Abuja — Justice Gabriel Kolawole of the Federal High Court sitting in Abuja, yesterday, admitted fresh sets of evidence, showing that Senator Mohammed Ali Ndume, allegedly made seventy-three contacts with the Boko Haram Islamic sect.
The evidence was tendered before the court by a forensic expert with the States Security Service, SSS, Mr Aliyu Usman, who testified against the lawmaker yesterday as the third prosecution witness.
The witness, had in his examination-in-chief, maintained that the contacts took place between October 3 and November 3, 2011, adding that most of the communication was between Ndume and the self confessed spokesman of the Boko Haram sect, Ali Sanda Umar Konduga.
It would be recalled that the high court had on October 24, admitted into evidence, two phones comprising of Nokia E-7 and Nokia 27100, which the SSS confiscated from both Senator Ndume and Konduga, shortly after they were arrested.
Trial Justice Kolawole marked the two phones as exhibits P5 and P5 (a).
Meanwhile, Konduga who willingly submitted himself to the security agency had since been convicted by an Abuja Chief Magistrate Court.
However, Ndume who is answering to a 4-count criminal charge, had in his statements before the high court, maintained that the reason the sect approached him was as a result of his being a member of the Presidential Committee that was inaugurated on August 2, 2011, with a view to addressing the security challenges in the North Eastern part of the nation. He said the first telephone exchange between him and the sect was on October 4, 2011, two months into the Committee's work.
In a 24 paragraph affidavit he deposed before the court, Ndume said after the sect approached him, "he promptly informed one Usman, who represented the SSS before the Presidential Committee of his contact with the said Jammatul Sunnah Walid Jihad (otherwise known as'Boko Haram' sect) and also other members of the committee.
"He also informed the Director of State Security Service of his interaction with the said "Boko Haram" sect and forwarded a copy of the DVD he obtained from the sect to the Director of SSS for review.
"The Vice President of the Federal Republic of Nigeria, His Excellency Namadi Sambo, is also aware that he was in contact with the Jammatul Sunnah Walid Jihad (otherwise known as 'Boko Haram')."
Nevertheless, in his testimony, Aliyu, who told the court that he is a member of Digital Forensic examiners in a sister agency from the United States of America and a certified member of advance forensic examiners in Israel, said he was the person that personally extracted all the calls, and text messages that were exchanged between Ndume and the Boko Haram spokesman.
He said the information was stored in three different Call Data Record (CDR) and Mobile Phone Exploitation (MPE) record from the Nokia E7.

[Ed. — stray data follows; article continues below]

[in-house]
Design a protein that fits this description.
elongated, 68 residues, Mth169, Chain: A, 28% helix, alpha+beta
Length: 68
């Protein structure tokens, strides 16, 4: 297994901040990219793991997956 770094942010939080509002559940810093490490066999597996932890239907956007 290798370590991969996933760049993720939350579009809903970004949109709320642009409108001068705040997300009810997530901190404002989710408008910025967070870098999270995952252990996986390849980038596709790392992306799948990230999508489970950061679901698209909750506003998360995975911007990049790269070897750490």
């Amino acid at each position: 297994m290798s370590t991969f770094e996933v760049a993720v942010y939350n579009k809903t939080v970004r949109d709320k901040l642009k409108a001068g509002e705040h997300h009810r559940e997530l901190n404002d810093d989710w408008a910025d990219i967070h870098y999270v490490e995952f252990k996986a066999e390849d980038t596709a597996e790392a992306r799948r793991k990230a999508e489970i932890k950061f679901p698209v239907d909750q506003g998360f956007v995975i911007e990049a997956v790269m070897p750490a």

Aliyu told the court that after the data were analyzed and confirmed as a genuine communication channel between the sect and Ndume who is currently representing Borno South in the Senate, he handed the extracted information alongside the IMEI of the phones to the chairman of the investigative panel that was set-up by the SSS to look into the alleged conviviality between the lawmaker and the terrorist organization.
Moves by the prosecuting counsel, Mr Thompson Olatigbe, to tender the three exhibits as evidence before the court met stiff opposition from the defence counsel Chief Ricky Tarfa, SAN, who relied on the provision of section 85 and 86 of the Evidence Act to contend that it constituted a "Secondary Evidence."
Tarfa had argued that the exhibit were computer generated, saying its authenticity could not be easily ascertained, a submission that was countered by the prosecution who urged the court to go ahead and admit the CD's as part of the proof of evidence in the matter.
In his ruling yesterday, Justice Kolawole, said he found no merit in Tarfa's objections, noting that it would be in the interest of justice to admit the exhibits into evidence.
Marking the CD's as exhibit P8, P8(a) and (b) yesterday, the trial judge, however stressed that its contents will be ascertained in the cause of the trial, adding that contrary to argument of the defence counsel that they are in the category of public documents, the judge maintained that in-line with section 43 (1) (a-b) of the 1999 constitution, the call logs are not such that any network provider can reveal to individuals except in relation to an investigation of criminal allegation.
The judge said it would have been different assuming the witness was not the maker of the evidence, even as he adjourned the case till February 7 and 11, 2013, to enable the defence counsel to cross-examine the witness.
Specifically, Ndume is being prosecuted by the Federal Government on allegation that he furnished the Boko Haram sect with classified information that aided their terrorist operations in the country.
He was arrested by the State Security Service, SSS, on November 21, 2011 and docked before the high court on December 12, sequel to his indictment by Konduga, who fingered him as one of their major sponsors.
According to the federal government, the offence he committed was contrary to section 7(1) (b) of the Terrorism (Prevention) Act, 2011 and punishable under Section 7(1) of the same Act.
Though the security agency said its investigations revealed that it was Ndume that submitted phone numbers of top government officials, including that of the Attorney General of the Federation, to the Boko Haram sect, however, the lawmaker who spent 26 days in detention before he was eventually granted bail by the court, has since denied the allegation, describing it as baseless.